Share this story...
Latest News

Quarantine continues in US for Valley doctor who was stuck on cruise ship

Buses carrying American passengers from the quarantined Diamond Princess cruise ship leave a port in Yokohama, near Tokyo, Monday, Feb. 17, 2020. A group of Americans are cutting short a 14-day quarantine on the Diamond Princess cruise ship in the port of Yokohama, near Tokyo, to be whisked back to America. But they will have to spend another quarantine period at a U.S. military facility to make sure they don't have the new virus that's been sweeping across Asia. (AP Photo/Jae C. Hong)

PHOENIX — A Valley doctor who was quarantined aboard a cruise ship off the coast of Japan for two weeks because of a coronavirus outbreak is back in the United States, but her time in confinement isn’t over.

Dr. Sommer Gunia, a Scottsdale surgeon, and her family arrived at Lackland Air Force Base in San Antonio on Monday with the expectation of being able to leave their rooms, exercise and choose whether to wear masks before eventually returning home.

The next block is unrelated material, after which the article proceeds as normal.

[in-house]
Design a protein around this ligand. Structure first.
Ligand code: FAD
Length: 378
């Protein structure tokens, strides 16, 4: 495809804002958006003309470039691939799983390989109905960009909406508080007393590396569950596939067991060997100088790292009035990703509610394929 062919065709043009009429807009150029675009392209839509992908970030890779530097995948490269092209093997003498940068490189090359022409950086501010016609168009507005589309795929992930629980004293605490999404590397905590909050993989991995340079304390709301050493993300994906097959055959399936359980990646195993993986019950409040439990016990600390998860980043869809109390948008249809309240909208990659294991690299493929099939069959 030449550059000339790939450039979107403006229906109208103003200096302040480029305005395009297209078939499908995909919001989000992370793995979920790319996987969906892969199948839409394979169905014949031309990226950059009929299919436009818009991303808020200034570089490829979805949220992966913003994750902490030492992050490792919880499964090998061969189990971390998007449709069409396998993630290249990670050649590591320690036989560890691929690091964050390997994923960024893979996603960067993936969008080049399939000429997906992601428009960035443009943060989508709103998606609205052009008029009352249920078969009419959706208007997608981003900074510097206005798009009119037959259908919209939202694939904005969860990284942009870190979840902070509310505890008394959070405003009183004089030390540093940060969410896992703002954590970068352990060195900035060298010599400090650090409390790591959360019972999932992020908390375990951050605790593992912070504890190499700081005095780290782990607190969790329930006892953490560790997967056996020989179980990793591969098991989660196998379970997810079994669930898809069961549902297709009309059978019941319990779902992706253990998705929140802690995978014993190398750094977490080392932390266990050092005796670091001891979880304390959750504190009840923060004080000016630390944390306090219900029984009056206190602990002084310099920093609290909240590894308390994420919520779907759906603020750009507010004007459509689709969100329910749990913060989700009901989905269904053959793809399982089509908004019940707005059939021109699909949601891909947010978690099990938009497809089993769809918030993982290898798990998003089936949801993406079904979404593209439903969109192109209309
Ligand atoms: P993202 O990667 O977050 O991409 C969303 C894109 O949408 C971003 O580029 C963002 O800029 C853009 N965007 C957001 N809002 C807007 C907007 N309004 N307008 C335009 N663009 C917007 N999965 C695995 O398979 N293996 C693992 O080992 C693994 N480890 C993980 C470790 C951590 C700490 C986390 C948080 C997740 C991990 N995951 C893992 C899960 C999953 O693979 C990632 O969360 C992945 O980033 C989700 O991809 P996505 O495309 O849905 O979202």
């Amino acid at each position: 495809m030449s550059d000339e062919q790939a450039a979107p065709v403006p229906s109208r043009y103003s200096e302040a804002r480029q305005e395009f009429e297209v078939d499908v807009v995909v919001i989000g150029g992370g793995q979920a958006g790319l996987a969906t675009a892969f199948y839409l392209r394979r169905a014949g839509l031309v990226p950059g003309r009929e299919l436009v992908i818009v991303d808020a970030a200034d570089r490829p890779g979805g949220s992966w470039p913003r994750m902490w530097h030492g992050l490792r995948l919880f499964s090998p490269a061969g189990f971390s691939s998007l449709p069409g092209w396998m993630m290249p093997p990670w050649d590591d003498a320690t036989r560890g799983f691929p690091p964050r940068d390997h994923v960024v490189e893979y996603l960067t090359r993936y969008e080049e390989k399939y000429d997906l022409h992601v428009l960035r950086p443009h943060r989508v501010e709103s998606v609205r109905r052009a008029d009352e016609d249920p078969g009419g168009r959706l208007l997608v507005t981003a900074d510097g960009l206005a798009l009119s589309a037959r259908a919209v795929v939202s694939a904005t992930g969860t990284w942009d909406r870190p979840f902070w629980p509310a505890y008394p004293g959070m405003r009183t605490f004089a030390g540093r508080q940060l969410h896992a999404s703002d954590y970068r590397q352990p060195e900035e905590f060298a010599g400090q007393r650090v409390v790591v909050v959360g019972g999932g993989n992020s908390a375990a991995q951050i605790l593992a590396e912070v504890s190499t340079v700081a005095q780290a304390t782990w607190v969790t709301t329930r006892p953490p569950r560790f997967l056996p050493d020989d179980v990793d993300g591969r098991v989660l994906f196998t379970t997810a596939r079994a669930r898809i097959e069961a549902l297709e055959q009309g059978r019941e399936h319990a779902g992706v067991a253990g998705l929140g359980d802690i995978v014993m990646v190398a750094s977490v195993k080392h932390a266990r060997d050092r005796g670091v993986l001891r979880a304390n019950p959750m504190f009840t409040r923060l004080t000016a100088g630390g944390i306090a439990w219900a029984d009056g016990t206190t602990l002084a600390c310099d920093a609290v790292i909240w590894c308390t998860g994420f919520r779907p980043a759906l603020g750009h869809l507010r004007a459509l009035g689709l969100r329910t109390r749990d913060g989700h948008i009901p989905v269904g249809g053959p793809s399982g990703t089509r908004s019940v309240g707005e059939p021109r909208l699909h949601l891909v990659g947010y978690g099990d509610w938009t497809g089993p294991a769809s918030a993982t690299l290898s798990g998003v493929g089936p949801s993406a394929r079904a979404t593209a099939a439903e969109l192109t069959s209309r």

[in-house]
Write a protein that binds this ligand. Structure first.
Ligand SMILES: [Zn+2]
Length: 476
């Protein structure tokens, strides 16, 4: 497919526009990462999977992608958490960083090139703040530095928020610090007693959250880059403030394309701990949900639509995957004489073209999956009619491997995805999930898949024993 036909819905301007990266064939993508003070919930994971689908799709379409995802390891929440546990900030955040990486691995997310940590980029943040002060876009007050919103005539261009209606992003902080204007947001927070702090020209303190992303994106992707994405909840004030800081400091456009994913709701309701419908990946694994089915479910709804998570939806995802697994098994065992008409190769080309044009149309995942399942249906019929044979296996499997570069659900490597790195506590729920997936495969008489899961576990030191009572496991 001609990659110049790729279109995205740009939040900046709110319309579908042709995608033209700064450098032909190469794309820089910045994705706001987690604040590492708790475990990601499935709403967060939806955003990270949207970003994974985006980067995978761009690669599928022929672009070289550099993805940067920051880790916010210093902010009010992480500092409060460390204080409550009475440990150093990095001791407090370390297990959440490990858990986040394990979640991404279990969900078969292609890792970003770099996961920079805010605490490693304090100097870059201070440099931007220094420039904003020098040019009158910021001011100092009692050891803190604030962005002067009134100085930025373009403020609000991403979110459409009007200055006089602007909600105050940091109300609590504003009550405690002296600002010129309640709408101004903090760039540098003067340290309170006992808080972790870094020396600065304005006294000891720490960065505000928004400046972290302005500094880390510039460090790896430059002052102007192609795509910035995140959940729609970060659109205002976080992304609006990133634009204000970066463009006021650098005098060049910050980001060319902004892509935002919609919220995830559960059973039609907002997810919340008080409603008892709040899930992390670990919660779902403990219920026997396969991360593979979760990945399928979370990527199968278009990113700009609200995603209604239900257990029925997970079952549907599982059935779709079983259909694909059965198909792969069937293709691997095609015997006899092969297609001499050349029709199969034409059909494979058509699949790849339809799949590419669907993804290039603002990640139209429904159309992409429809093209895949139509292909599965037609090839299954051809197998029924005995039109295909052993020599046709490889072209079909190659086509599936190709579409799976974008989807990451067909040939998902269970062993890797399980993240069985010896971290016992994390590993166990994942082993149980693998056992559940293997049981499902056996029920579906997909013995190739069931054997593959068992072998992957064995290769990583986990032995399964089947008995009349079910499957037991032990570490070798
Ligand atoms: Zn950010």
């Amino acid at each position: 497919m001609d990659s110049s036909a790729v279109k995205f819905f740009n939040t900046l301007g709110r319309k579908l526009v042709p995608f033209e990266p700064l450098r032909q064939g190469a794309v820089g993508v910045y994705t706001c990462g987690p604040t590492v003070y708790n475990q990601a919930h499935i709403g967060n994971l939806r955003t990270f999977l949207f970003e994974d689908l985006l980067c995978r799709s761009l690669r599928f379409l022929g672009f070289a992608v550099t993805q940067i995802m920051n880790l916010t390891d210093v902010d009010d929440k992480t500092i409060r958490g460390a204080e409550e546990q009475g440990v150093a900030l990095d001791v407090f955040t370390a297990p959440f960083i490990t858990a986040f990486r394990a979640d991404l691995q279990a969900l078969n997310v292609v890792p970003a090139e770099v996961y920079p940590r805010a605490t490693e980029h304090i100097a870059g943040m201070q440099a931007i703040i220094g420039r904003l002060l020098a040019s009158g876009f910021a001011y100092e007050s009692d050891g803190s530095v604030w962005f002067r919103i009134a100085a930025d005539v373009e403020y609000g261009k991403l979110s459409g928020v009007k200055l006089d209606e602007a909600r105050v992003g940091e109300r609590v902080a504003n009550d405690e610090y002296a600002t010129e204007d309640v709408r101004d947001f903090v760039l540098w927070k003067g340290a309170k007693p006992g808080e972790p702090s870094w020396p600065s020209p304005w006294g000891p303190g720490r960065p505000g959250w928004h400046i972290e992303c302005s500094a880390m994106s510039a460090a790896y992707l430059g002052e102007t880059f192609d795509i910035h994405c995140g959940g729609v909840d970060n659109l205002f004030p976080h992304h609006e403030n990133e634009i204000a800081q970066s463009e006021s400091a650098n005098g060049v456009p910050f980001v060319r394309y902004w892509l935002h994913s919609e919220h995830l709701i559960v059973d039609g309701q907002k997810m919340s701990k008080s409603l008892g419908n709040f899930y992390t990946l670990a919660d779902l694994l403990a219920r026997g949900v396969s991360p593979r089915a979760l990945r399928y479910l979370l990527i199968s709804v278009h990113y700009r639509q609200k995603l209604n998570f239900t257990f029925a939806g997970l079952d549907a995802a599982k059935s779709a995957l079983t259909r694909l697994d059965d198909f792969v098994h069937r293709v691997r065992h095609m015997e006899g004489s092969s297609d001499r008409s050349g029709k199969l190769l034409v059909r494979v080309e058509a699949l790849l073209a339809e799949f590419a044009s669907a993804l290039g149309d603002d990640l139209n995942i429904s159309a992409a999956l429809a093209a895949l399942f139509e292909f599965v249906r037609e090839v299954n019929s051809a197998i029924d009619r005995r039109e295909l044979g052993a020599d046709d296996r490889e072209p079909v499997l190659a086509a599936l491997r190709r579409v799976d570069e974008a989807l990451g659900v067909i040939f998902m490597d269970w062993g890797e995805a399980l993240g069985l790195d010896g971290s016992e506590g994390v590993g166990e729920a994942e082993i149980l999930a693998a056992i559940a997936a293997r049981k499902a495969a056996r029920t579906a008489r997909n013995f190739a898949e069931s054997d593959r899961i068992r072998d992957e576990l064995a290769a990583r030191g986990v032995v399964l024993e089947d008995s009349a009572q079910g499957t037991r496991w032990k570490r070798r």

Instead, a health professional told Gunia that they were to stay in their rooms on the base until further notice and would be on a timed schedule to go outside.

“We’re both still healthy, but it’s a bitter pill to swallow when you’ve made it through 12 days of quarantine and find out you’re gonna have to do it all over again,” Gunia told KTAR News 92.3 FM’s Arizona’s Morning News about her and her husband on Tuesday.

Gunia said nobody in her family has experienced symptoms, so they’re just playing a waiting game again. She said her parents were tested for the virus and came back negative.

They were among the approximately 3,700 people stuck aboard the Diamond Princess in Yokohama Harbor for two weeks.

The ship carrying 2,666 guests and 1,045 crew members returned to Yokohama Feb. 4 after a round-trip cruise, but passengers weren’t allowed to disembark because a person on a previous voyage had been diagnosed with coronavirus.

Initial screenings found 10 people aboard with the virus and that number grew significantly in the weeks that passed.

The virus has infected more than 73,000 people worldwide and killed about 1,900, mostly in China.

“We’re happy to be in back in the United States and we got a really warm welcome coming home coming off the plane,” Gunia said. “That was very uplifting.”

Arizona's Morning News

Show Podcasts and Interviews

Reporter Stories